The USCG has also established a helicopter base in Deadhorse, Alaska to support Shell’s exploration. Two Jayhawk helicopters will be stationed at the base. If Shell were to suffer an incident, the Coast Guard will extend patrols, cancel training exercises and extract resources from remote areas in response.
Shell’s Arctic drilling operations were approved July 22 amid criticism and protests, particularly in the Pacific Northwest, in regard to the environmental impact this could have on the region. Shell and the USCG have attempted to quell anxiety by implementing new disaster response strategies.
In May, Shell unveiled its worst-case scenario plans if an oil spill were ever to occur. Shell agreed that it would be subject to Bureau of Safety and Environmental Enforcement (BSEE) inspections and those inspectors arrived in Chuckchi August 7. The inspectors will be on-site at all times. MarEx reported on this and the rest of Shell’s drilling and exploration terms in an article you can read here.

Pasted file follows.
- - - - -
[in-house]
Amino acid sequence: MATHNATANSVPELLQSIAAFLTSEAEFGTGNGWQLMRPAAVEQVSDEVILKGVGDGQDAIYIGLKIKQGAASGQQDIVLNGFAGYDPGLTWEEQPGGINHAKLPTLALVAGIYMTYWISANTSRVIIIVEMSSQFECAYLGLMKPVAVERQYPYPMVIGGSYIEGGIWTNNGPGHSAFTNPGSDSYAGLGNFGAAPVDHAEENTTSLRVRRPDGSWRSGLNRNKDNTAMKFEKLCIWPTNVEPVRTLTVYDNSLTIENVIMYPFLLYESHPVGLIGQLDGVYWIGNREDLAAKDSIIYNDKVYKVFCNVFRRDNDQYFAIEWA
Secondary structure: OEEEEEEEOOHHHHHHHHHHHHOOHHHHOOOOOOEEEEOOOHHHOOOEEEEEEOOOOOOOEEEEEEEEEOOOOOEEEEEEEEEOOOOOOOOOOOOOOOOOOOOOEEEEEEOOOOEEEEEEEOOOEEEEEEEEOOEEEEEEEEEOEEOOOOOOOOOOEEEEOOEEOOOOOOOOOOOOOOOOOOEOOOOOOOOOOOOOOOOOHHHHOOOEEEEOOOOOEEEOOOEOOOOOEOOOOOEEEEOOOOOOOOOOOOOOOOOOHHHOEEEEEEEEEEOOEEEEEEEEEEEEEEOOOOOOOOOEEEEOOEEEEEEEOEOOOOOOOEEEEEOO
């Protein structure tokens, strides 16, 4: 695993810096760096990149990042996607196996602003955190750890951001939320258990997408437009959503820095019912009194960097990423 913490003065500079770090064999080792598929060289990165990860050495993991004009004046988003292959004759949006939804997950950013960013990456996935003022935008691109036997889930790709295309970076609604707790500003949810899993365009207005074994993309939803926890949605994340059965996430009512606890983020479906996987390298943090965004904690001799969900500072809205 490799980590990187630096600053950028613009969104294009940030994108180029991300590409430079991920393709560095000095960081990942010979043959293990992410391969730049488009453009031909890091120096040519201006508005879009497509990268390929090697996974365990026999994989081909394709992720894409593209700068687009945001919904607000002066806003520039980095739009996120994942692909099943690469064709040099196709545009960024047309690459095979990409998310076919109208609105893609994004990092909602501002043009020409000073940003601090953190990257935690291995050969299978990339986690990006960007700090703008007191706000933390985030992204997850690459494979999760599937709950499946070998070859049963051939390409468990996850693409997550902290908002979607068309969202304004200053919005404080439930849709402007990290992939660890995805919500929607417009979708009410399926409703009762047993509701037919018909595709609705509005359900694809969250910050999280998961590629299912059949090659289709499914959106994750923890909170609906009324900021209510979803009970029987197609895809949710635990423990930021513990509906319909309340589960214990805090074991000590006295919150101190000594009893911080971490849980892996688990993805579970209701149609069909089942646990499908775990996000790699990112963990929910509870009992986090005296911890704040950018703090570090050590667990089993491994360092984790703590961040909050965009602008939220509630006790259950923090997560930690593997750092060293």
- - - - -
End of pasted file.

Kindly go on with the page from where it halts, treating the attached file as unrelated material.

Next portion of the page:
The last time Shell explored the Arctic was 2012. There were several incidents, including an out of control rig running aground and being scrapped. The Coast Guard dispatched its helicopters to rescue 18 of the vessel’s crew. The USCG was critical of Shell’s safety preparedness following the incident.
But Shell’s preparedness may not be the only one in question. In 2014, the American Petroleum Institute released a report stating that the USCG did not have the necessary infrastructure in place to respond to disastrous spills.
“It is unlikely that responders could quickly react to an oil spill unless there were improved port and air access, stronger supply chains, and increased capacity to handle equipment, supplies, and personnel,” it reads.
The report also adds that exploration requires a comprehensive, collaborative, long-term oil spill and research development program.
It remains to be seen if the Coast Guard’s increased presence in addition to Shell’s new response strategies will suffice if disaster strikes.